I for a moment was a bit surprised when Mr Menon said…….”Where I do agree with Karnad is when he speaks about how Pakistan is a strategic distraction, and how India’s real strategic focus should be on China. ”

    This is blasphemous for a malayali “Khandani” IFS officer who grew up hearing all the high praises about Communist China from his grand father & uncle K P S MenonS (junior & Senior) and Mr Menon was in such awe of China that he once publicly stated that the reason he joined the IFS was his desire to live in China.Such was his China love.And feel nothing has changed.

    Because, Mr Menon later on very skillfully contradicts himself by saying……….”He suggests modifications to BRICS and the ‘Quad’ by removing China from the former and adding ASEAN to the latter, creating a ‘BRIS’ and a ‘Mod Quad’, as ways of improving our hand in dealing with China. I am not sure that formalising and announcing such plans are practical diplomacy.”

    So basically Mr Menon is saying we should deter China somehow without displeasing it. Perhaps Mr menon knows the art of mind-control.Because that is the only way one can achieve such impossible feat.

    Now i would like to point out the disagreements which i have with Mr Menon seconding your view.

    He further says “the Modi government’s sporadic and unskilled dealings with our neighbors has resulted in a deterioration in our relationships and security in our immediate periphery”

    Now, i have no problem when an academic like yourself critiques the government’s handling of foreign affairs, but Mr Menon is just making a political statement, when he himself did little in India’s favour when the Chinese were making deep inroads to these “friendly” neighboring countries. Are we to believe that Hambantota was devoured by the Chinese in just a year? Or Bangladesh and Nepal were always friendly to India and did nothing inimical to our interest prior to 2014.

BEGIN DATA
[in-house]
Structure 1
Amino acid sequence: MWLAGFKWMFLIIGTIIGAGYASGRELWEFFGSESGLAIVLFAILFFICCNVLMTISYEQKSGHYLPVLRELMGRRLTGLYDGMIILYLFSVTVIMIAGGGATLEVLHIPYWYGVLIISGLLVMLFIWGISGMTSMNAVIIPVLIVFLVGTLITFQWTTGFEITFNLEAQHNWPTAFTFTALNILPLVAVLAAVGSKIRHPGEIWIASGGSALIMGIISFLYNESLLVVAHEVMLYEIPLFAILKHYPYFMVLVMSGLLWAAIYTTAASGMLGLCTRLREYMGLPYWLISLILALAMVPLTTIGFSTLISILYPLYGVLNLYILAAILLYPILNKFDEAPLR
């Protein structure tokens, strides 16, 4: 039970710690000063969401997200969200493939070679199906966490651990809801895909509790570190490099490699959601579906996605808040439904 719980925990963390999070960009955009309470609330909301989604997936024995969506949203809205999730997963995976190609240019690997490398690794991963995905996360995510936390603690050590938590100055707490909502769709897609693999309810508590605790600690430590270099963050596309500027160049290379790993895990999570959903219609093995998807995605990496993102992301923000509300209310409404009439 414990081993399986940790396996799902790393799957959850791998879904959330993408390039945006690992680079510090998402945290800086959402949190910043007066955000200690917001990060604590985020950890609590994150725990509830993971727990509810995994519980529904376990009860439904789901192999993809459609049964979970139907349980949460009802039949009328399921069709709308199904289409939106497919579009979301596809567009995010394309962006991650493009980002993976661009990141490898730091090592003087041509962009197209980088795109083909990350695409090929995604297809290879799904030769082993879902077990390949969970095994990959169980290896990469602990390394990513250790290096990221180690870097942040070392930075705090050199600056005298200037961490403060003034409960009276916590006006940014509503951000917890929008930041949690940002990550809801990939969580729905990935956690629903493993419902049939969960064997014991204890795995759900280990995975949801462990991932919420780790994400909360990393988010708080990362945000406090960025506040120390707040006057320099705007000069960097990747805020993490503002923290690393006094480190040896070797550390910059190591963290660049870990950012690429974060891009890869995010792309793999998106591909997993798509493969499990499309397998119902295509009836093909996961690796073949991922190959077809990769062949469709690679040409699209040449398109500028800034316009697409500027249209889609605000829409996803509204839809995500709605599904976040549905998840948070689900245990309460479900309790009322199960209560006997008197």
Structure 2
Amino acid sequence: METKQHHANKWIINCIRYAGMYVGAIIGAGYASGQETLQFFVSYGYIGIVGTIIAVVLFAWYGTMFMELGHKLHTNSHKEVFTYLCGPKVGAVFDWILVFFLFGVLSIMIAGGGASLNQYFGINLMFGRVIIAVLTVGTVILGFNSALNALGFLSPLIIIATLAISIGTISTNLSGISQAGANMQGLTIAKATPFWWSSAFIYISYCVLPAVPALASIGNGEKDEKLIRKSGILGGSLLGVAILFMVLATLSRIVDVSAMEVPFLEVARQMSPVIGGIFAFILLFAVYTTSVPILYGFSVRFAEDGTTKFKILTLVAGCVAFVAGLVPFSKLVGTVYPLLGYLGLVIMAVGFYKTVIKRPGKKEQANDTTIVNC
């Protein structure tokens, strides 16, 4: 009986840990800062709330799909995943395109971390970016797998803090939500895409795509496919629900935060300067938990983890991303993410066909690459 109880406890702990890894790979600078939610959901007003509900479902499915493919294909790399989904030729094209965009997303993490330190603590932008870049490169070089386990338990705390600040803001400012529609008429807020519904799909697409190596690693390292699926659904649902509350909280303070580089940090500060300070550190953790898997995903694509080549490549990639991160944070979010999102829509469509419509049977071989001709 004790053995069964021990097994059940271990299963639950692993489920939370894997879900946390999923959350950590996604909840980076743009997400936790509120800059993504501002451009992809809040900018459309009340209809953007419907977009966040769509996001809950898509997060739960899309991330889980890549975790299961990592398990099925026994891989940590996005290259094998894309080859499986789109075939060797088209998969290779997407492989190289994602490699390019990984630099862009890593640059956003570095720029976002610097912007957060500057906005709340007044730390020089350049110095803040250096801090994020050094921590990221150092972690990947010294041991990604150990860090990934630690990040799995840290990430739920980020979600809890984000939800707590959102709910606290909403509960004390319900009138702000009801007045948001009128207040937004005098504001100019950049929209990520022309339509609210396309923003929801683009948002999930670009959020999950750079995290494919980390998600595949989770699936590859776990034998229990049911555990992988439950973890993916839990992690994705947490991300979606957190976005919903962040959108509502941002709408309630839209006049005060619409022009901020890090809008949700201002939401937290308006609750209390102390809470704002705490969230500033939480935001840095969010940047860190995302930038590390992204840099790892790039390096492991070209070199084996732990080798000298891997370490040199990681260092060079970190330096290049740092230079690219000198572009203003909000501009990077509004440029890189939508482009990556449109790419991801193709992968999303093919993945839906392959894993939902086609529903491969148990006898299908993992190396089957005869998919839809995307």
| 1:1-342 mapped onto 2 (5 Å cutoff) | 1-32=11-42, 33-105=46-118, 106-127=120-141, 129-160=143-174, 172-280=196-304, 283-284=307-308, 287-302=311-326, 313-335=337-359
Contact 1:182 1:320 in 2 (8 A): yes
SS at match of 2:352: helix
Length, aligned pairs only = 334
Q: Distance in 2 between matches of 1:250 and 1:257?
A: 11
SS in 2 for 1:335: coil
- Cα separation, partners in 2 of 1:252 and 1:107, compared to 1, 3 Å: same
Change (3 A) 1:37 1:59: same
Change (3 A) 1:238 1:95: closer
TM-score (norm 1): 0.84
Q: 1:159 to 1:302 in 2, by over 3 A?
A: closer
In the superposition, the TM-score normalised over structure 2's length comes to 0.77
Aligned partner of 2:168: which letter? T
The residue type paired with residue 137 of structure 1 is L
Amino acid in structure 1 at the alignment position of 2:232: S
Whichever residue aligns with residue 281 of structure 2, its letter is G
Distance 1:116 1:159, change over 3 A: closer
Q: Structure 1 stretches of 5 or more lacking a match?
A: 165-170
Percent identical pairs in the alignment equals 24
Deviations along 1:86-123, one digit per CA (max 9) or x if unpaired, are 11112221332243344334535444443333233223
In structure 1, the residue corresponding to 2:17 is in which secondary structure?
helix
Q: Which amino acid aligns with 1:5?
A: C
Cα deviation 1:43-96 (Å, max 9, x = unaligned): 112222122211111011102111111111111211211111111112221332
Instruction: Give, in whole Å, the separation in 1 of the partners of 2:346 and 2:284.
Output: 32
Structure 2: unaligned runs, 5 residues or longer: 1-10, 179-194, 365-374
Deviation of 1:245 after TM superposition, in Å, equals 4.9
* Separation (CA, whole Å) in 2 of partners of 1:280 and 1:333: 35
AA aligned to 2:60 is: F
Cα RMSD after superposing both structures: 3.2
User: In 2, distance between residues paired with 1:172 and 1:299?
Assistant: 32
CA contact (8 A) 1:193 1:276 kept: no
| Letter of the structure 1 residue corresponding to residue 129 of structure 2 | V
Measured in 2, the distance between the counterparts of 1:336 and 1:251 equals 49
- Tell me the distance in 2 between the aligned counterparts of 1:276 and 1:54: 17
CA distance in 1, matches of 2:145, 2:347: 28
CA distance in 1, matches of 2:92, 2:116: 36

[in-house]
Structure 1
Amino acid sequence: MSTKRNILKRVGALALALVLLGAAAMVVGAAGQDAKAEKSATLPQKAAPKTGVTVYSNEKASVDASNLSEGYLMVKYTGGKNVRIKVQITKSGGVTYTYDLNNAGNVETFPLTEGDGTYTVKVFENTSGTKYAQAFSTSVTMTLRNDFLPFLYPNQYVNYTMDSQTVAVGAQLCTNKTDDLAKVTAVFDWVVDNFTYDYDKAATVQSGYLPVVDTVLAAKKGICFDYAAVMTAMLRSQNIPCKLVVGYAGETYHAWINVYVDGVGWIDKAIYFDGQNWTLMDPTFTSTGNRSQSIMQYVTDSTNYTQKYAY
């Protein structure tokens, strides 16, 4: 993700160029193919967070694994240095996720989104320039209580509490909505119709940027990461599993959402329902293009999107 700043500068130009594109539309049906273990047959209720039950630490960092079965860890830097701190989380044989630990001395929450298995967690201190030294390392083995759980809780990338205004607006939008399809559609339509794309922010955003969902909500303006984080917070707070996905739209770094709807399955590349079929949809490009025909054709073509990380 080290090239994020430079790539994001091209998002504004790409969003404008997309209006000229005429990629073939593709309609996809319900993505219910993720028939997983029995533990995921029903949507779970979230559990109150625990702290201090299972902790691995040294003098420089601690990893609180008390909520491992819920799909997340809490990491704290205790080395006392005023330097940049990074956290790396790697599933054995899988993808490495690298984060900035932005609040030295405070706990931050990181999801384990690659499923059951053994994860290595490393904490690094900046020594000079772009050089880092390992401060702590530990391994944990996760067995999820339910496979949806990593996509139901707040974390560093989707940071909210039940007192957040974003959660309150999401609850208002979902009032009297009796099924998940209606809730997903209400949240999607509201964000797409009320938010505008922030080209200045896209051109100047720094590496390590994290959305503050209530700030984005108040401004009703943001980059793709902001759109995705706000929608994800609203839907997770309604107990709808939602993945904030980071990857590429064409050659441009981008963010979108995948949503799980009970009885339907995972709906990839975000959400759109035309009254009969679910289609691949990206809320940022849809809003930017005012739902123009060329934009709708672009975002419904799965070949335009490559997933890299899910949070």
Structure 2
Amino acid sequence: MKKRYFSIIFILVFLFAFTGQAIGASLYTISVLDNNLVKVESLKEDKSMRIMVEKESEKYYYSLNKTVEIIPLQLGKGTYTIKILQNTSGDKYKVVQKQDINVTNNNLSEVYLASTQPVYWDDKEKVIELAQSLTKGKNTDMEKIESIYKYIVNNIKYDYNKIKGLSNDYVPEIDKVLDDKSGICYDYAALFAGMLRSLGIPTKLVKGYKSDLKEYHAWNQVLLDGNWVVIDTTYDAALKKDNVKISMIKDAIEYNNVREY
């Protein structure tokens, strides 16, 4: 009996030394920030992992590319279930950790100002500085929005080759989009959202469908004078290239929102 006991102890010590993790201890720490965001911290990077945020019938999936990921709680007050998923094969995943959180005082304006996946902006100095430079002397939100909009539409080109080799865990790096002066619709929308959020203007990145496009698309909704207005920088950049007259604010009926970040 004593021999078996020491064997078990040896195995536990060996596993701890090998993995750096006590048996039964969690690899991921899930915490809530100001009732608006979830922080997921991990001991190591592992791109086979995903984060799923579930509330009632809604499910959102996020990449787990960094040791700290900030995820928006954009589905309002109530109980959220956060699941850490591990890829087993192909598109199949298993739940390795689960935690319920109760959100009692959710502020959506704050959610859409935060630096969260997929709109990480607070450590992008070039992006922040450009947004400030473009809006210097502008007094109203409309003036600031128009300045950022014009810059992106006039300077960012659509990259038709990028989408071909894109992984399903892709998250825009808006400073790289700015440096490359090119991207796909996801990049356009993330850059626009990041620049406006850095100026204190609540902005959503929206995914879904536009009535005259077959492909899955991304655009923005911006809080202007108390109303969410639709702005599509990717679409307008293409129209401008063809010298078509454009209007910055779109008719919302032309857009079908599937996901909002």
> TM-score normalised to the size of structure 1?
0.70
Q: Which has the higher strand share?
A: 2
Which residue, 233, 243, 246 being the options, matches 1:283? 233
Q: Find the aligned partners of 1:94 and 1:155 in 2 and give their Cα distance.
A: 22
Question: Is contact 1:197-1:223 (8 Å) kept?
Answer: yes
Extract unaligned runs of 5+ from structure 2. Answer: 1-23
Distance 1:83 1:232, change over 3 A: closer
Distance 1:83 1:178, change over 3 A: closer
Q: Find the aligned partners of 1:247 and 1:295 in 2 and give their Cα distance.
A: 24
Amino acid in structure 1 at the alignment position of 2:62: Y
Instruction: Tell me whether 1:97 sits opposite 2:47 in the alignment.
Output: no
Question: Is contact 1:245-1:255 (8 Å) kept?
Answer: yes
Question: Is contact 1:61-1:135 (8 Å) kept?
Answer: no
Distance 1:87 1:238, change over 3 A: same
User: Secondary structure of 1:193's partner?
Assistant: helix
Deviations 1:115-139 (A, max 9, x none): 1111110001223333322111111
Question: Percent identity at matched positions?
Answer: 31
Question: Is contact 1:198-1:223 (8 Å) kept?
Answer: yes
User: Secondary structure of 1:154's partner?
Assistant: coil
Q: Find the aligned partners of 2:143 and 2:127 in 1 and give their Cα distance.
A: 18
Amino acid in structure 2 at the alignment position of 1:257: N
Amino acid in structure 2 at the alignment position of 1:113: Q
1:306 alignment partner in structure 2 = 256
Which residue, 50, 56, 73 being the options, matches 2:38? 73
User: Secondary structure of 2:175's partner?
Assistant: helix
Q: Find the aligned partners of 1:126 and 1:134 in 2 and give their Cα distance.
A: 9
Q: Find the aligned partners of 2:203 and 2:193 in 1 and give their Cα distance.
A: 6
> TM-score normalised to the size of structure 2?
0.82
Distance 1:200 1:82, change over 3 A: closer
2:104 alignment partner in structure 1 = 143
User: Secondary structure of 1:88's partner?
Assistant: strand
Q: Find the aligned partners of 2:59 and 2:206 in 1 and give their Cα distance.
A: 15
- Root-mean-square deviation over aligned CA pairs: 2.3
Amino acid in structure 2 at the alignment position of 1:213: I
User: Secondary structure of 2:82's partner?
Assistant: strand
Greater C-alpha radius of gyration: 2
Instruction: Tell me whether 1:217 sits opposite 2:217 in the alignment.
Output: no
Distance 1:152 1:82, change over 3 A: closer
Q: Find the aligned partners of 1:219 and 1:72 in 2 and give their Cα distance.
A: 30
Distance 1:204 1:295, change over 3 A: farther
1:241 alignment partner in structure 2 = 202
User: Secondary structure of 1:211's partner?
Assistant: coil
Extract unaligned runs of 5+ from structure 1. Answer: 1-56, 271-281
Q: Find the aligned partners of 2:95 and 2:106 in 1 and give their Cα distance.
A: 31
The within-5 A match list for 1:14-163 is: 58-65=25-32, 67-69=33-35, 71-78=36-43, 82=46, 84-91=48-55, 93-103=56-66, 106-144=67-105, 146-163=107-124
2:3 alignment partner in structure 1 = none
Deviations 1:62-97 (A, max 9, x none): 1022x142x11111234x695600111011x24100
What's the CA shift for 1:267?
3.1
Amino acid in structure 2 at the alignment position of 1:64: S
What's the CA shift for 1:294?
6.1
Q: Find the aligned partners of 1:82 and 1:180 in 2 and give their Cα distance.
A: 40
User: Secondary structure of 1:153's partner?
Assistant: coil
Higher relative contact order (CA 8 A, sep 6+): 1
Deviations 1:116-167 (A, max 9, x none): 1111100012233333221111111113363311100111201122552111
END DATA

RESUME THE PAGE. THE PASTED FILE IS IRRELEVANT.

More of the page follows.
Nepal was lost in 2007 when his predecessor another Malayali comrade advised Manmohan(On CPIM’s behalf) to be generous with Nepal and allow the Maoist to topple the moderately India friendly monarchy. Bangladesh was long lost to the ISI.

    Now it is noboddy’s case that Modi & Doval did any good viz-a-viz Nepal or Sri lanka, but the fact needs to be acknowledged that much damage was done already with our unfulfilled promises and big brother attitude. So Mr menon has no moral high ground whatsoever.

    Again he goes on to say……….””I agree with Karnad that there is no coherent vision driving the frenzied visiting and eventing that we have witnessed for some time.”

    I wished he could tell the readers when did the MEA ever had a coherent long term foreign policy objective other than “tactical objectives” handed down as “strategic”.

    MEA is exactly the same how he left it. Except for the fact that it is more active on twitter these days.

    I for one wouldn’t be surprised if Mr.Menon takes a plunge into politics.He is that good.

  2. Bob Debilder says:

    Haven’t managed to get my hands on this book yet. Can anybody give me a general idea of what Dr. Karnad’s suggested military options are vis a vis Pakistan and China (which Mr. Menon chose not to write about in detail in this review)?

Leave a Reply

Fill in your details below or click an icon to log in:

WordPress.com Logo

You are commenting using your WordPress.com account. Log Out /  Change )

Google+ photo

You are commenting using your Google+ account. Log Out /  Change )

Twitter picture

You are commenting using your Twitter account. Log Out /  Change )

Facebook photo

You are commenting using your Facebook account. Log Out /  Change )

Connecting to %s